Answers to Door and Lock Hardware Questions

Q. My patio door is 27 years old; it is hard to open and makes noise with the rollers when opening and shutting. I do not have any idea how to replace the rollers and would like some instructions or information on how to do it.


Try lifting the sliding door straight up and pulling the bottom out. That should let you get the slider out. Next, see if you can remove one of the roller assemblies. If you can, take it to a good hardware store and try to find matching replacements. If the hardware store can't help you, try a screen and glass shop.

Q. How can I remove a U.S. Lock deadbolt that has no visible screws?

A. It sounds as if you have a "Lori" deadbolt with U.S. Lock mortise cylinders. You would need an Allan key about 4 or 5 inches long to be able to reach the screws. About five turns counter clockwise on the Allan key will allow you to unscrew the corresponding cylinder. Using a key inserted three quarters of the way into the keyway usually works best in turning out the cylinder.

Q. I am replacing an old mortise lock - the skeleton key style one - with a new mortise lock. The new lock is about 3/4 inches too tall, 1/4 inch on top and 1/2 inch on the bottom. Is there an easy way to trim away the wood inside the door?

A. Try to remove some of the material first with a spade bit or drill bit. You could even use a saw of some sort. By getting some channels in the area you want to remove, the chiseling goes a lot easier, especially if it is hardwood.

Q. My husband and I had a locksmith come out to our new/old home to re-key the locks, and the handle set on the front door was so old, the mechanism fell apart in his hands. He apologized but said there was nothing that could be done and we should replace it. I have bought a new handle set, however after removing the old one we noticed it had two holes cut out of the front in addition to the dead bolt. Our new handle set only requires one hole. How do we "patch" or "fill" the second hole?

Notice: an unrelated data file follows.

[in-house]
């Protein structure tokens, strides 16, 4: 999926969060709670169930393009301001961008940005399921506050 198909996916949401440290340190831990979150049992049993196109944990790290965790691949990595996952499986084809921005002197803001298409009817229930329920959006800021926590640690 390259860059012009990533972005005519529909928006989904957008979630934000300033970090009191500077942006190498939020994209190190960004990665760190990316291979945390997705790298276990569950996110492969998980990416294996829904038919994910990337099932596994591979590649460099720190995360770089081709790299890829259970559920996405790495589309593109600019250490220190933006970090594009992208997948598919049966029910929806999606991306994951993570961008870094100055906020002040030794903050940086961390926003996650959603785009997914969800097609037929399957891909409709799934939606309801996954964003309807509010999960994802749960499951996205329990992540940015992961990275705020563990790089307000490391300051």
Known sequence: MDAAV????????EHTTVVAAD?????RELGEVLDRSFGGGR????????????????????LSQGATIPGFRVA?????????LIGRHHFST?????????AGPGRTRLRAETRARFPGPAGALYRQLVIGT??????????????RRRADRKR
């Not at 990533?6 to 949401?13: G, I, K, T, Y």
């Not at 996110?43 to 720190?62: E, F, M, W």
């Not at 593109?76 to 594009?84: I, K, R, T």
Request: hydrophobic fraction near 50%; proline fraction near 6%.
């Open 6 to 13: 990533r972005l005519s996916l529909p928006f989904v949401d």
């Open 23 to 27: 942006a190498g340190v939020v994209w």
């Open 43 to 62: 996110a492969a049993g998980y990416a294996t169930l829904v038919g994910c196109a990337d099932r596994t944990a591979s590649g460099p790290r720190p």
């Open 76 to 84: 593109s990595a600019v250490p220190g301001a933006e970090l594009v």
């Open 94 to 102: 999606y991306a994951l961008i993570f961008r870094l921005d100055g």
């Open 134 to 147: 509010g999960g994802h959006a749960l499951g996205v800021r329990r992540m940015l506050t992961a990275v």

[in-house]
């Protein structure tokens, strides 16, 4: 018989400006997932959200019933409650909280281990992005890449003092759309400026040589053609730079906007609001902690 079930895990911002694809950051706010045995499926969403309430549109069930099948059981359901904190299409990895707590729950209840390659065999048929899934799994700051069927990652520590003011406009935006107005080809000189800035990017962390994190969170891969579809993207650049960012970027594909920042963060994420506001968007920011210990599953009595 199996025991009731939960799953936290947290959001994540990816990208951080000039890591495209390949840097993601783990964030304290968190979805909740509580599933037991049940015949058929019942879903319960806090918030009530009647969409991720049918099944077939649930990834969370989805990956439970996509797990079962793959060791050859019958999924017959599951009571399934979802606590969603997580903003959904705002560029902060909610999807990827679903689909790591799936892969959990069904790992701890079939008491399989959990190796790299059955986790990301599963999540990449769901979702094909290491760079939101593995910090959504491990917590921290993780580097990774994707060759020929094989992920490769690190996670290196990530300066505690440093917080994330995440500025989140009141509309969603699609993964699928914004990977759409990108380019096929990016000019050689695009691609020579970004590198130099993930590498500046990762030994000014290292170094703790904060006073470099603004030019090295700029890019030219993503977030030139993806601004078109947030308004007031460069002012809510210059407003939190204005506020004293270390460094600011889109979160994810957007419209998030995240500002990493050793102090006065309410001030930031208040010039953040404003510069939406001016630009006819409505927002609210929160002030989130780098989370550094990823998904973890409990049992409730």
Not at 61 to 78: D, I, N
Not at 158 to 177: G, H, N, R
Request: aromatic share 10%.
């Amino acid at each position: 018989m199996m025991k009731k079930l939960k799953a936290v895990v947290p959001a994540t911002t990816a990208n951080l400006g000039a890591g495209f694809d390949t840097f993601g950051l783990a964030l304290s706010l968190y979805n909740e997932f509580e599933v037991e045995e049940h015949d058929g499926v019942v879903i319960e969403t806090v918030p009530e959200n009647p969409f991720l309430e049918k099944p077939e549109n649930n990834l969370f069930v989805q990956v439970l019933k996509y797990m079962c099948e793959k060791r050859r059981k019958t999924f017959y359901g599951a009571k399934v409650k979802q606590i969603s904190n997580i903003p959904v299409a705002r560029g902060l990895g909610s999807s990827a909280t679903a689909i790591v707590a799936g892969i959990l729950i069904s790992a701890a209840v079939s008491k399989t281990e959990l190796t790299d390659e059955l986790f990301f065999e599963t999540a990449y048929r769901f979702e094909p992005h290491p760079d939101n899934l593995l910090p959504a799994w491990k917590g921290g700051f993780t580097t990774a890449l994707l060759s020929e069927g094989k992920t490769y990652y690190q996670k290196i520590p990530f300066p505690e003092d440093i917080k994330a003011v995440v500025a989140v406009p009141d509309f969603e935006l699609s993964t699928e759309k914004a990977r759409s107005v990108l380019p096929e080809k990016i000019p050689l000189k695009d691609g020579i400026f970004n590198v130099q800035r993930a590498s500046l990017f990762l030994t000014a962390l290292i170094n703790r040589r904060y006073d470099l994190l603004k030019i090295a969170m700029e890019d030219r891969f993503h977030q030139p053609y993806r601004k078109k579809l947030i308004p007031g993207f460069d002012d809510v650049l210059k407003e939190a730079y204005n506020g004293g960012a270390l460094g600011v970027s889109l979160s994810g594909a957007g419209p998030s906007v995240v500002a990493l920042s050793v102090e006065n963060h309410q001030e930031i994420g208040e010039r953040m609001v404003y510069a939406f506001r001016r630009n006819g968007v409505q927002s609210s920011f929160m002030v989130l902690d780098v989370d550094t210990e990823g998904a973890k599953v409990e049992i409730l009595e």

A. You could fill the hole partially with a piece of wood and then skim the surfaces to blend in with the door. This works especially well if the door is painted. There is hardware made to cover holes but it would not look as good as blending with putty.

Q. I have a bathroom door in which the screws in the hinges will not stay put. The screws do not seem long enough to us and they are differing lengths and types. Some are threaded all the way to the top and some are not. As far as we know, the builder put it in that way but the previous owners could have changed them. What is the best replacement and way to put them in more securely?

A. Your best bet is to remove the door and fill in the old screw holes with wood putty. Make sure you get nice and deep into the holes. Wait for it to dry completely, then drill some small pilot holes where the new screws will go in and get some 1/2 inch or longer screws to replace the old ones.

Q. Can someone get an imprint of your lock from the outside and make a key? Can they somehow pick your deadbolt and knob lock without you knowing it?

A. Yes, the method of imprinting a lock is known as impression. Yes, someone could pick a deadbolt and knob lock without you knowing it. If you're worried about someone trying to break into your house with a duplicated key from impression, don't be. A burglar is not going to take the time to actually impression a key and have a key made unless maybe you're very rich, and the burglar knows you've got very valuable items. It's time consuming and it requires good skill to be able to do an impression.

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